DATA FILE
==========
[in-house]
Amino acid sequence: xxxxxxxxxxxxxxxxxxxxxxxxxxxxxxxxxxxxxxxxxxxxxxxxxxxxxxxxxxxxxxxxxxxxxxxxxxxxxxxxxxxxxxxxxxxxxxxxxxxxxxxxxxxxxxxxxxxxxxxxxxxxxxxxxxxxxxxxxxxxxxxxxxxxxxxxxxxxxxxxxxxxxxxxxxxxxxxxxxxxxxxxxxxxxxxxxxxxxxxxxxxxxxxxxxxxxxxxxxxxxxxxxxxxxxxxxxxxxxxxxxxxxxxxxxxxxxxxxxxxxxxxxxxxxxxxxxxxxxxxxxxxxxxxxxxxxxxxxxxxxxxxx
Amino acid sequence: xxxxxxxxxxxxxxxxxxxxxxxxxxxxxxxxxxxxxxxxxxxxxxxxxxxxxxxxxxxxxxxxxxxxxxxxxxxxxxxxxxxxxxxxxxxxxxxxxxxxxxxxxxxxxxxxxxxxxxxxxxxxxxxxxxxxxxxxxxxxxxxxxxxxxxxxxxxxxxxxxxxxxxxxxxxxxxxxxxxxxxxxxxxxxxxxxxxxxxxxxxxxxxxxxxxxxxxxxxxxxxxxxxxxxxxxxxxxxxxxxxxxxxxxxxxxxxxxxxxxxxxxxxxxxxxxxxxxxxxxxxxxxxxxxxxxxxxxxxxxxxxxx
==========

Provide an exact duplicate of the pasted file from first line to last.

[in-house]
Amino acid sequence: xxxxxxxxxxxxxxxxxxxxxxxxxxxxxxxxxxxxxxxxxxxxxxxxxxxxxxxxxxxxxxxxxxxxxxxxxxxxxxxxxxxxxxxxxxxxxxxxxxxxxxxxxxxxxxxxxxxxxxxxxxxxxxxxxxxxxxxxxxxxxxxxxxxxxxxxxxxxxxxxxxxxxxxxxxxxxxxxxxxxxxxxxxxxxxxxxxxxxxxxxxxxxxxxxxxxxxxxxxxxxxxxxxxxxxxxxxxxxxxxxxxxxxxxxxxxxxxxxxxxxxxxxxxxxxxxxxxxxxxxxxxxxxxxxxxxxxxxxxxxxxxxx
Amino acid sequence: xxxxxxxxxxxxxxxxxxxxxxxxxxxxxxxxxxxxxxxxxxxxxxxxxxxxxxxxxxxxxxxxxxxxxxxxxxxxxxxxxxxxxxxxxxxxxxxxxxxxxxxxxxxxxxxxxxxxxxxxxxxxxxxxxxxxxxxxxxxxxxxxxxxxxxxxxxxxxxxxxxxxxxxxxxxxxxxxxxxxxxxxxxxxxxxxxxxxxxxxxxxxxxxxxxxxxxxxxxxxxxxxxxxxxxxxxxxxxxxxxxxxxxxxxxxxxxxxxxxxxxxxxxxxxxxxxxxxxxxxxxxxxxxxxxxxxxxxxxxxxxxxx